wheresthelight Tue 25-Nov-14 08:13:41

I have read the whole thread thanks and actually I haven't said anything that others haven't other than pointing out that biting can be incredibly serious for the person bitten. and you are still excusing it with teething.

DameDiazepamTheDramaQueen Tue 25-Nov-14 08:24:05

I agree with what has already been said, it sounds like you are giving her a bit too much attention while explaining why she shouldn't bite. Even negative attention is attention so you need to give zero attention and remover her sharp from the situation.

The fact the nursery have called you in means it's got serious- stop making excuses.

Taking her home would be a dreadful plan- even more attention.

DameDiazepamTheDramaQueen Tue 25-Nov-14 08:27:54

The thing is if she is excused for biting when her teeth have come through she will have already learned that behaviour iyswim.

BotBotticelli Tue 25-Nov-14 08:39:04

wheresthelight I think saying "you've handled this very badly at home" is unnecessarily harsh on the OP.

She has come here looking for advice and help. Let's be honest: all of us are just muddling through, making it up as we go along, aren't we?? I certainly would never dare to judge another mum as having handled it "very badly" when their DC throws them a curve ball and they're not sure how to react.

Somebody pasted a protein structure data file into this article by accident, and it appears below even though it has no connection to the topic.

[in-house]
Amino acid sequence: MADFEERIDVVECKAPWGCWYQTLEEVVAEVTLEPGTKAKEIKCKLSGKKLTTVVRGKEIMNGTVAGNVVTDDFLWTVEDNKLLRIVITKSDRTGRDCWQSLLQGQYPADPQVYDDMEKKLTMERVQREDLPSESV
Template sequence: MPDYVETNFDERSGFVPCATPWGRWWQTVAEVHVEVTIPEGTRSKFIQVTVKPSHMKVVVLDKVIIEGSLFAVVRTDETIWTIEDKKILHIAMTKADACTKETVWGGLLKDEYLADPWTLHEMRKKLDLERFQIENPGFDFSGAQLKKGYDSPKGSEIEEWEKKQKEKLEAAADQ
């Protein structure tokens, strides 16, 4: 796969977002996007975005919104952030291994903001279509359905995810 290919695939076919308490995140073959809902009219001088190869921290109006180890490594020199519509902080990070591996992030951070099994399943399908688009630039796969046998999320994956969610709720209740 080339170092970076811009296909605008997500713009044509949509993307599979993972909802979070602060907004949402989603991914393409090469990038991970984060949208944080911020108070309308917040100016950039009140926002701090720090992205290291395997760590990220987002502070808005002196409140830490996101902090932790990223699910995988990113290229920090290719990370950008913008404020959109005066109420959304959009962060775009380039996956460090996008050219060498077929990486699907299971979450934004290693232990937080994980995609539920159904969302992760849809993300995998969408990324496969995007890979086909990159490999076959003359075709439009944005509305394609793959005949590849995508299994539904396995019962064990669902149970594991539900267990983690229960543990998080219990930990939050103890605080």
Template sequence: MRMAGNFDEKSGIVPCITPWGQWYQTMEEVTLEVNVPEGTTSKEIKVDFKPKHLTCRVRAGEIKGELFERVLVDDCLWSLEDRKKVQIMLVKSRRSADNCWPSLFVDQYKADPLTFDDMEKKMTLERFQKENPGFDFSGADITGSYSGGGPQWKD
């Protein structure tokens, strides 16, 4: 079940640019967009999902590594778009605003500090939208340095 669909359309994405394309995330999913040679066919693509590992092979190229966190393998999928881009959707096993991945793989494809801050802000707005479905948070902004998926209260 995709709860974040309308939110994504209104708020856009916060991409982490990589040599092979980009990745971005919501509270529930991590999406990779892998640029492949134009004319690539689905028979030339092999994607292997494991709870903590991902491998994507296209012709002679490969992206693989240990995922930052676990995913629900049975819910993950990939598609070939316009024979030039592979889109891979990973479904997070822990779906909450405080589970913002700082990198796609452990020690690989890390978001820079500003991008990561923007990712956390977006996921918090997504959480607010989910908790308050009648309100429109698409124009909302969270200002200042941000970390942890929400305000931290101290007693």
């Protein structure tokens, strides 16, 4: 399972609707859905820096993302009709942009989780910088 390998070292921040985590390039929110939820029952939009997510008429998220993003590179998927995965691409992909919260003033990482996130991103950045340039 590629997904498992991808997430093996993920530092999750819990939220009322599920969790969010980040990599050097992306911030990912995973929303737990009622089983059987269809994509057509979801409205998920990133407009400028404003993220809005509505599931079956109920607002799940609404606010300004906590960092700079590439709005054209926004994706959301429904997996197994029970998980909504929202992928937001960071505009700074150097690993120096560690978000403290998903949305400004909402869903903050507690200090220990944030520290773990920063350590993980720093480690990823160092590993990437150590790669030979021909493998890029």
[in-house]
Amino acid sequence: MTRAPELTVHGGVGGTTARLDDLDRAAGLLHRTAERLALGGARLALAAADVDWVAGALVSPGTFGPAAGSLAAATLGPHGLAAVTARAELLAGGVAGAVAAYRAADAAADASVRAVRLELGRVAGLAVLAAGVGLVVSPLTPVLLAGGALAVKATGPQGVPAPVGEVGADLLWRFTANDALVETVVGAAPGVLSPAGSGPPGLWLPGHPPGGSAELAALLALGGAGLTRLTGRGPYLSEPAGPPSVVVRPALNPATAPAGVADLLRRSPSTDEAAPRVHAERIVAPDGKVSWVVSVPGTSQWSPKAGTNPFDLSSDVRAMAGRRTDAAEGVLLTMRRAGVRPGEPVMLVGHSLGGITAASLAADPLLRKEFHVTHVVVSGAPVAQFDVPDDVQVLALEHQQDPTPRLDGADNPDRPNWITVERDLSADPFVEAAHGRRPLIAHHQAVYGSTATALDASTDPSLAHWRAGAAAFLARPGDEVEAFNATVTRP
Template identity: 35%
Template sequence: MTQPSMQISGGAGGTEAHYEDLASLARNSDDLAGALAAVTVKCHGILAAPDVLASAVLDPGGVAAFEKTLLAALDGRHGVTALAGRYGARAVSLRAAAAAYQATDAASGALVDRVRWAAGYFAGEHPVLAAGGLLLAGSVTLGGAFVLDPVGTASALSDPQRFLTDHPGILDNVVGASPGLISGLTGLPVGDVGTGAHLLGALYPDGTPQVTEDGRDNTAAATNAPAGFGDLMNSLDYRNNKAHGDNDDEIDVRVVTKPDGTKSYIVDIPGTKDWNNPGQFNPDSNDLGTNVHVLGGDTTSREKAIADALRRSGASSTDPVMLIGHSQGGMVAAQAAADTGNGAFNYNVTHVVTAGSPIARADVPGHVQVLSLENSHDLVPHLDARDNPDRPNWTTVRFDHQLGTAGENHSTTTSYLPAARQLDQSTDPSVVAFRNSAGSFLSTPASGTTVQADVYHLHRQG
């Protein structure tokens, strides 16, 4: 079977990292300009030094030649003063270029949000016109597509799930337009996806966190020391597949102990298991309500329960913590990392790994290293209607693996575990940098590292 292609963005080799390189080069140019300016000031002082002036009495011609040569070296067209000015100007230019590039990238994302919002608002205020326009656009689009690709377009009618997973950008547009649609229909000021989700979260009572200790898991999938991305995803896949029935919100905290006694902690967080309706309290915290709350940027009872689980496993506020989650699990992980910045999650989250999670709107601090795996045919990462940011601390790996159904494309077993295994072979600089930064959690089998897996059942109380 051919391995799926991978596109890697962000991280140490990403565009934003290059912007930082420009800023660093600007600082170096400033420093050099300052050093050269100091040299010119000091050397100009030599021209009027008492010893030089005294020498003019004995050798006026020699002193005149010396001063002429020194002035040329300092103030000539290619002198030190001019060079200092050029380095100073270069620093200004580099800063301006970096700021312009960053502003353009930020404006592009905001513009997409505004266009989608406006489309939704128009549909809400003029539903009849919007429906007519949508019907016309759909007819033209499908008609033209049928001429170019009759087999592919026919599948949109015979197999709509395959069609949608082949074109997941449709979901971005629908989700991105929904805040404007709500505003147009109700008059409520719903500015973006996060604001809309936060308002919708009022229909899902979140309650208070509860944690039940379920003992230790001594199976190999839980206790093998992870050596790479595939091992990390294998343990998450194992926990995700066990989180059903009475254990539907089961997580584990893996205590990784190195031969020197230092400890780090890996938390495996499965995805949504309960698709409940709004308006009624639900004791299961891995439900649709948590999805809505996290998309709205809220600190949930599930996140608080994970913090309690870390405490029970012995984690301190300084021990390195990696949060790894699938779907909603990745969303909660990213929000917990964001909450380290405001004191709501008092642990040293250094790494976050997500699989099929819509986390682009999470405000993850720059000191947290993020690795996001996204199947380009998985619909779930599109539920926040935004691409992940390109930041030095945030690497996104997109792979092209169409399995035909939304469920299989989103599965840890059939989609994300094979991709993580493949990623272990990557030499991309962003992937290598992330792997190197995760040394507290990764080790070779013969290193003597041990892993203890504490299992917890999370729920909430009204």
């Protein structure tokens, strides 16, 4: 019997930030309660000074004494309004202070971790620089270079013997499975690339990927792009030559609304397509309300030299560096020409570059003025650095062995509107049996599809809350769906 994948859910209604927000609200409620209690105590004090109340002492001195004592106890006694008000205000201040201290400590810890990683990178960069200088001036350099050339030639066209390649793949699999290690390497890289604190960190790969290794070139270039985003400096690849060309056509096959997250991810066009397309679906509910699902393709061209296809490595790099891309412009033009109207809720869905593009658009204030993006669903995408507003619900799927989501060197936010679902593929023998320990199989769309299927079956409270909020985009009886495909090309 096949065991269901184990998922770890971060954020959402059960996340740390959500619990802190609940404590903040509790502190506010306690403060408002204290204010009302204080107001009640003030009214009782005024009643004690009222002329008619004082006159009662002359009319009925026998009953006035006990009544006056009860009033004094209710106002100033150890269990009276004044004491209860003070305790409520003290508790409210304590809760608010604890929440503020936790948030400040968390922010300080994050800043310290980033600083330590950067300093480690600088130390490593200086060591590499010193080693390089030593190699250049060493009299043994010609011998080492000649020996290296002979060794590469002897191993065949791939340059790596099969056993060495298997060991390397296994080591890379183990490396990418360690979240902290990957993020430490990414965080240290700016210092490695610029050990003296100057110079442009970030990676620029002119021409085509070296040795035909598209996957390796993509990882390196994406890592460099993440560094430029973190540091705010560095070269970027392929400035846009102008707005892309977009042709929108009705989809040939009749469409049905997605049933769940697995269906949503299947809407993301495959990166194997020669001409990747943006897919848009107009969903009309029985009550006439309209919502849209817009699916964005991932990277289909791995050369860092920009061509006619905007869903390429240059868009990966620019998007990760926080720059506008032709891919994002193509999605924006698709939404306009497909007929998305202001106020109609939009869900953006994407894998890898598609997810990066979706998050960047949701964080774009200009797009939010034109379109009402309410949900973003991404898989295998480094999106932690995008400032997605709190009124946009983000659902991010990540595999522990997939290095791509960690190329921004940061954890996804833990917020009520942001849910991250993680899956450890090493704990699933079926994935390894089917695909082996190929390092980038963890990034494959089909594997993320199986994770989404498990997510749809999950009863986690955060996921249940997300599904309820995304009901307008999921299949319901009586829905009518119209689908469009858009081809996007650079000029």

FWIW my DS (23mo) has been bitten a couple of times at nursery and has bitten a couple of times too - most recently at a family gathering when he but his 5yo cousin 3 times in a couple d hours.

I know he did this cos she was pissing him off and trying to lift him up like a doll (!) but I just sternly told him no we do not bite. Made him apologise and then gave his cousin a big cuddle, lots of kisses etc.

I can't promise he won't do it again but I will use the same response if he does. And hope it works.

OP a meeting with the nursery will probably be useful so you can agree a strategy for when she bites so that you, the nursery and the nanny can all do exactly the same thing.

Approach it in the spirit of "right let's join forces and sort this out" and I am sure it will all be fine.

Can the manager meet you at 0730am when the nursery opens to avoid you taking much time off work?

minipie Tue 25-Nov-14 14:05:56

The manager's going to call me this afternoon, then I can talk to nanny this evening so all should be consistent.

BotBot that's what I've been doing... but clearly not working. Hopefully you will have more success with your DS! Thanks for support.